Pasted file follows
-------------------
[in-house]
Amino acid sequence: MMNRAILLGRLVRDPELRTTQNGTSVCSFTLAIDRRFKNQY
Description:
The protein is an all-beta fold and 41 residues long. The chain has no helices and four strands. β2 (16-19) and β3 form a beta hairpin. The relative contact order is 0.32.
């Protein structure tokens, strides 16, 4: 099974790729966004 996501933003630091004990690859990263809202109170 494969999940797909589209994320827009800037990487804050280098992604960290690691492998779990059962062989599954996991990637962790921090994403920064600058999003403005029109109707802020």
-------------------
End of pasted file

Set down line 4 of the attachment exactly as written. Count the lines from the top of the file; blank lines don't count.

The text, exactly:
The protein is an all-beta fold and 41 residues long. The chain has no helices and four strands. β2 (16-19) and β3 form a beta hairpin. The relative contact order is 0.32.